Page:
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eDiscovery Cost Recovery: Market Intel and Assessment for Small and Mid-Sized Law Firms

  • eDiscovery
  • 4 Mins

Cost recovery is the process of law firms apportioning technology and other costs back to their clients.  As the creator and leader of eDiscovery managed services, Epiq has gained deep insights into how law firms approach eDiscovery cost recovery.  We’ve seen cost recovery grow as a practice for well over a decade, with some firms trying to break even and others turning it into a profit center. Earlier this year we provided insights on cost recovery based on processes we support within large law firms.  In this update, we focus on eDiscovery cost recovery adoption we support within small and mid-sized firms.

Cost Recovery Adoption Drivers for Small and Mid-Sized Law Firms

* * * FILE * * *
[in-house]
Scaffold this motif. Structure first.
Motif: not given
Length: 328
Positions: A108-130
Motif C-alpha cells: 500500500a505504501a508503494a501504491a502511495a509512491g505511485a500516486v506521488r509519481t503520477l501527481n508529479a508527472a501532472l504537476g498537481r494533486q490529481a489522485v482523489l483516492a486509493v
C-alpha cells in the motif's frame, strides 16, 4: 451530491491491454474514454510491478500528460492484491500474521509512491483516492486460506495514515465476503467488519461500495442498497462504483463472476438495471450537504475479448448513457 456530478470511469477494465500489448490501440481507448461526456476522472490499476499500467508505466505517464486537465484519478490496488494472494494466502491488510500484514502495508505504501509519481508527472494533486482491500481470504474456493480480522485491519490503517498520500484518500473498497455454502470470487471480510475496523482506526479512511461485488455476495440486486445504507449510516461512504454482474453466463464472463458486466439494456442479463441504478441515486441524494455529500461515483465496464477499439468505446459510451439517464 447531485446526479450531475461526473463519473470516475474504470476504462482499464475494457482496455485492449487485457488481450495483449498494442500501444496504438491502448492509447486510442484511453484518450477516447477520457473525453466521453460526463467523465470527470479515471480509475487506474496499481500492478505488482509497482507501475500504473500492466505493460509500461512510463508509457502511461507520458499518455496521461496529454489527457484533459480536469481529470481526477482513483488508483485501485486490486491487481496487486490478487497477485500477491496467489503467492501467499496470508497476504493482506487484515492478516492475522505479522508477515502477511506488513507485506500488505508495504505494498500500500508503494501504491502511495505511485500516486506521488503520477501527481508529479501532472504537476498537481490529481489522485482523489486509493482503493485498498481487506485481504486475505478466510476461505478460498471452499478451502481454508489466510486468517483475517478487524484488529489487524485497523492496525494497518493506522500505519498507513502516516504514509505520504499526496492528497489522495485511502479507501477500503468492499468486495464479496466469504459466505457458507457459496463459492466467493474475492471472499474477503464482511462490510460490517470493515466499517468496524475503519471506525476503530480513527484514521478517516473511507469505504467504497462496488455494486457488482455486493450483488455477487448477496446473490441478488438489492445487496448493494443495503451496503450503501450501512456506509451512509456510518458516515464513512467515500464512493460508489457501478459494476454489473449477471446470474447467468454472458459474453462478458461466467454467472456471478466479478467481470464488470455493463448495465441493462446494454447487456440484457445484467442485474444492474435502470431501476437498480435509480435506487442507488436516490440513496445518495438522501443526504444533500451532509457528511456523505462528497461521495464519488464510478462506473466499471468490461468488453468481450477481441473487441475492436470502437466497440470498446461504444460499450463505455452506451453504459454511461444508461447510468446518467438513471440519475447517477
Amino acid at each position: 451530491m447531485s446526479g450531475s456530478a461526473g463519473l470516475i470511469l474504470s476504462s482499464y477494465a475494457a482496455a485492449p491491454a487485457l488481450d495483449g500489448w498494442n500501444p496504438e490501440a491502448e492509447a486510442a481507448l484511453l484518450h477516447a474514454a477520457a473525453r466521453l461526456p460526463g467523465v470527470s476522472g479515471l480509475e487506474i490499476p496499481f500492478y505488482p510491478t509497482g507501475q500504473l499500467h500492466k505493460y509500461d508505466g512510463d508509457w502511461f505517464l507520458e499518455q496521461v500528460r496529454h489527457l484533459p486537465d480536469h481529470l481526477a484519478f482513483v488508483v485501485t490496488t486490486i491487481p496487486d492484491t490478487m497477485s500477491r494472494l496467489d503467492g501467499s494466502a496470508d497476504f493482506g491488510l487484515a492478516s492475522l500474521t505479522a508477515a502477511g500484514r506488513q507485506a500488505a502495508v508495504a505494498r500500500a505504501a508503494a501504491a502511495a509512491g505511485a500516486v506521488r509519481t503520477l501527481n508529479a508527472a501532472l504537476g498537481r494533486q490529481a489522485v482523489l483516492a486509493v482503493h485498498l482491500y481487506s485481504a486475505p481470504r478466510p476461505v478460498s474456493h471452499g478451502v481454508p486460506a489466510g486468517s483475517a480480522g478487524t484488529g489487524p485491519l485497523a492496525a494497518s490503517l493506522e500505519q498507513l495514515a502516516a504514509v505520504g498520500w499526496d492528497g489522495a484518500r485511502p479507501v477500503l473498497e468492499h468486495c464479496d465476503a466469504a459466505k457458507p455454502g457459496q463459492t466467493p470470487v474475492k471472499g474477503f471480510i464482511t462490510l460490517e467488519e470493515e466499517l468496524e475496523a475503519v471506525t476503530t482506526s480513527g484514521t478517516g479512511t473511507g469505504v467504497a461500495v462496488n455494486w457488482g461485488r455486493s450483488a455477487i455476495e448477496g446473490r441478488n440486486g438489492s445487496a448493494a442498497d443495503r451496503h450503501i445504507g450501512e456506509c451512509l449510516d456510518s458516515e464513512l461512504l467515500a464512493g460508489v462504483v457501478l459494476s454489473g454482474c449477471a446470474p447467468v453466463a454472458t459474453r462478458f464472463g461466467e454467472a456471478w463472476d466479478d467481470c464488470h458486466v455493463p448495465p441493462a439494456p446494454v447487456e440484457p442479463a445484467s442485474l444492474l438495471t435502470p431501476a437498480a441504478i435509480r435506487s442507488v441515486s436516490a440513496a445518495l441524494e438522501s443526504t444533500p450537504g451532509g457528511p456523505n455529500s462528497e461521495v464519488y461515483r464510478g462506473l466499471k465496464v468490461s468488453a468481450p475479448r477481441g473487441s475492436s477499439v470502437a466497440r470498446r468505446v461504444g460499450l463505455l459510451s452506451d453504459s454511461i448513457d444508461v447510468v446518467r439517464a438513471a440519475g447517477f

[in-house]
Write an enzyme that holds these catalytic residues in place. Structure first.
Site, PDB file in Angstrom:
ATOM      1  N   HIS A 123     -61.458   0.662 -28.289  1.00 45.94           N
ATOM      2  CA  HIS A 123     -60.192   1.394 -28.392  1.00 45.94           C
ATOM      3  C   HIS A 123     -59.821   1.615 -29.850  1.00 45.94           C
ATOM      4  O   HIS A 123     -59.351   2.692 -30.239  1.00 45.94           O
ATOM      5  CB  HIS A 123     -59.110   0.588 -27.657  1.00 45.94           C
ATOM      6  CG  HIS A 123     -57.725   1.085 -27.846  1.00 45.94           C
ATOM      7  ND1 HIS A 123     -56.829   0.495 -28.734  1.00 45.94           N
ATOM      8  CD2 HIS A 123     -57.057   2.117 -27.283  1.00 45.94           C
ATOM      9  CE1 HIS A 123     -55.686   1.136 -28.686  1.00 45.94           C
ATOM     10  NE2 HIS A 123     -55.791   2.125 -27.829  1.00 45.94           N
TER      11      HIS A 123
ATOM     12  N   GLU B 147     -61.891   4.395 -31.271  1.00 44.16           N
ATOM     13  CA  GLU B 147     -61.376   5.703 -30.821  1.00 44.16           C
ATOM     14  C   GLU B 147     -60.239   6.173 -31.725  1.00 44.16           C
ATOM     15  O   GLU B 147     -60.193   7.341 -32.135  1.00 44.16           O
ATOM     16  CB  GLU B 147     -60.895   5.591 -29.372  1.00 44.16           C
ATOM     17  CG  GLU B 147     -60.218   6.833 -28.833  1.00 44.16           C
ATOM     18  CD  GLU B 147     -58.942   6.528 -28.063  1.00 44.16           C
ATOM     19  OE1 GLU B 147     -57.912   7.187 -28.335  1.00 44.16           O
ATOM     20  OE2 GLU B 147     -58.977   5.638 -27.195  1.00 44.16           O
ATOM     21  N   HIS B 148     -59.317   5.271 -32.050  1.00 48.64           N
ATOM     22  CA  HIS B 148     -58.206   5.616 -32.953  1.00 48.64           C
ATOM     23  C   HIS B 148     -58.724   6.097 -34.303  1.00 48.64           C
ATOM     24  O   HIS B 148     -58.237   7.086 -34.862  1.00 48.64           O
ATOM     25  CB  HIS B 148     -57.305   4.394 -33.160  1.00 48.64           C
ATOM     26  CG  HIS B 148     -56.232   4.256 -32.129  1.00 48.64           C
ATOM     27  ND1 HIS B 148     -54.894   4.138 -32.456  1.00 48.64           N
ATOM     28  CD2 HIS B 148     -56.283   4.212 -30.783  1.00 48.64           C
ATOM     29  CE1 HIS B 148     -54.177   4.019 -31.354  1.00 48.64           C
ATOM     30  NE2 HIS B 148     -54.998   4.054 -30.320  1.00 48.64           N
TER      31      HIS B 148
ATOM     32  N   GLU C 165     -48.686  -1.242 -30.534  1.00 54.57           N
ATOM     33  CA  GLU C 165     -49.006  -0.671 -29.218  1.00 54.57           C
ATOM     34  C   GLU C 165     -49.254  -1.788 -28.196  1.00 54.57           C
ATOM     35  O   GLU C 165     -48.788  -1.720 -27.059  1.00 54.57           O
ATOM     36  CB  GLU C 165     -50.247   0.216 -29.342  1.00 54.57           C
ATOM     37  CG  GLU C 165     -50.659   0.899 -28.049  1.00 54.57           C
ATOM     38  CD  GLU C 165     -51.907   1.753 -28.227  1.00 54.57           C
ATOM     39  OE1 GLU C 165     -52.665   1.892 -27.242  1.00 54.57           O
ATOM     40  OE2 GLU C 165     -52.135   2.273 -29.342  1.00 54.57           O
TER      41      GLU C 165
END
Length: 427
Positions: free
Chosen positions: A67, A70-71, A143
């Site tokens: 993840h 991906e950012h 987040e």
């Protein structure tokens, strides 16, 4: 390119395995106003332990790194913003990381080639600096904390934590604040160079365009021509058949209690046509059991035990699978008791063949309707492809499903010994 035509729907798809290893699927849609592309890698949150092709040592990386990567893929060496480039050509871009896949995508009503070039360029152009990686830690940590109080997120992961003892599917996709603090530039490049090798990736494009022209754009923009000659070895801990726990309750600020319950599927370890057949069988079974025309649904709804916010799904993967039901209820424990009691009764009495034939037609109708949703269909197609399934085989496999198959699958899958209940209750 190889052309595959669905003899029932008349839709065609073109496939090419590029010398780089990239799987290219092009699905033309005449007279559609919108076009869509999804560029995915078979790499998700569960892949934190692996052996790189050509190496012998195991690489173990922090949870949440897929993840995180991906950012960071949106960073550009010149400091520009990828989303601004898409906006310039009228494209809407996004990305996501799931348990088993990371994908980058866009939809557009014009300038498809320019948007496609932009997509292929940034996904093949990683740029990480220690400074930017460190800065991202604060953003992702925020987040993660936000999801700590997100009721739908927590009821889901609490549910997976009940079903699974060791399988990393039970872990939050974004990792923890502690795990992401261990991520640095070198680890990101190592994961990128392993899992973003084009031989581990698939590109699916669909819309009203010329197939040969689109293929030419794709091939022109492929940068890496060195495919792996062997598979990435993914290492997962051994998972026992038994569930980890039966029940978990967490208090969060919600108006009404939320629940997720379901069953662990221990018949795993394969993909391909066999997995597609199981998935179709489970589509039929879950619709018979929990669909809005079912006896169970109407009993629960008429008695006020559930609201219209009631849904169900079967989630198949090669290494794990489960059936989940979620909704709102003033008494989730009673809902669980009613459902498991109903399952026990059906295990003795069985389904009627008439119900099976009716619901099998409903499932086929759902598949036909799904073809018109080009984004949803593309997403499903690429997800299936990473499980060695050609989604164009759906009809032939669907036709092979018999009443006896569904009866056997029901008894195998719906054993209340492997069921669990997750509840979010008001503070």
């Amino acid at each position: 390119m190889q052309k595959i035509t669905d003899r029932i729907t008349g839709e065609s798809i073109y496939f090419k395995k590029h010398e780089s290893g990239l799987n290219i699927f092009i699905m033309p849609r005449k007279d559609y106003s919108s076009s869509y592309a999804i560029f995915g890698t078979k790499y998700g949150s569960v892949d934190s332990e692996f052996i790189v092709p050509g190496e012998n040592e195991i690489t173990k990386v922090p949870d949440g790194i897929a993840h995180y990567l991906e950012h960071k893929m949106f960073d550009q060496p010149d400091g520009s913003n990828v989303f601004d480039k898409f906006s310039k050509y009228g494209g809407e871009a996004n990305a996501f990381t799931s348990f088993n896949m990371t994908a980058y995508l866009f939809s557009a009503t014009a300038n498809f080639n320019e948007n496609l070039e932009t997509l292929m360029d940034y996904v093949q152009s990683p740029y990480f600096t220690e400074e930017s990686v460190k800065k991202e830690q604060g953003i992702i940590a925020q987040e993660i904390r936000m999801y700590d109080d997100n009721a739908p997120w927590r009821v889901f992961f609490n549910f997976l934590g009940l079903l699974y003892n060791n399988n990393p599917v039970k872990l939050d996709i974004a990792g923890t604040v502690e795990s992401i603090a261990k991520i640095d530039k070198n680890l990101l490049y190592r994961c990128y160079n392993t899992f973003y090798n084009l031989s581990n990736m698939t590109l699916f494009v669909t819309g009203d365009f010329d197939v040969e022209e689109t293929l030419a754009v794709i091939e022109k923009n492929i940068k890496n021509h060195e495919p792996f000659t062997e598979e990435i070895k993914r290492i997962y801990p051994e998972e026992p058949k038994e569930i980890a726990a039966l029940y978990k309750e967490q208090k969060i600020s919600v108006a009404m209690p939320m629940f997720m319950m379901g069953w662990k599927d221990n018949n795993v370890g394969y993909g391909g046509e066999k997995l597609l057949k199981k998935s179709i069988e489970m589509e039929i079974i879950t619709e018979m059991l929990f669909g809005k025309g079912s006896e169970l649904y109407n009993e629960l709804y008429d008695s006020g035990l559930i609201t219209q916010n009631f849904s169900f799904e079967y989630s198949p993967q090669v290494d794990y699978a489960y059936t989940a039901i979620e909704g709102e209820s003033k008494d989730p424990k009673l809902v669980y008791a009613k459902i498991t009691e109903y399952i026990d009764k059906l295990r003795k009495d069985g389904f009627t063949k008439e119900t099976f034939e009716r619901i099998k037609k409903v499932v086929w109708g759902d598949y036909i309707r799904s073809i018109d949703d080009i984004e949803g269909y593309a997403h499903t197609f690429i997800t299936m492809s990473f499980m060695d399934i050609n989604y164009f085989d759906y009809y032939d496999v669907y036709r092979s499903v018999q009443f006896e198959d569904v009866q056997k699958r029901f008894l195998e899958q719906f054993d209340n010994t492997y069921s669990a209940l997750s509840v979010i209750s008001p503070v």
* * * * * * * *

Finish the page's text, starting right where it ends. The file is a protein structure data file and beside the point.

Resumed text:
In our work with small and mid-sized law firms, we have observed the following drivers that impact whether a firm executes a cost-recovery model for eDiscovery technology:

  • Geographic markets
  • Litigation specialties
  • Client types
  • Regulations, rules, and law

Geography can play a role in cost recovery practice, but mostly due to its impact on law firm size.

For larger firms in U.S. East Coast markets and in large cities such as Los Angeles, Toronto, and Chicago, cost recovery is the expected norm and firms usually pass technology costs on to their clients. For smaller firms in these same markets, we see some instances of cost recovery, but it is not the norm. In other geographies such as the U.S. Midwest and South and Western Canada, we rarely talk to small and mid-sized firms who are engaging in cost recovery prior to working with Epiq. These small and mid-sized firms are either bearing the associated costs or looking for vendors to pass costs directly to the clients.

Litigation types can impact cost recovery practice, largely due to the associated client types.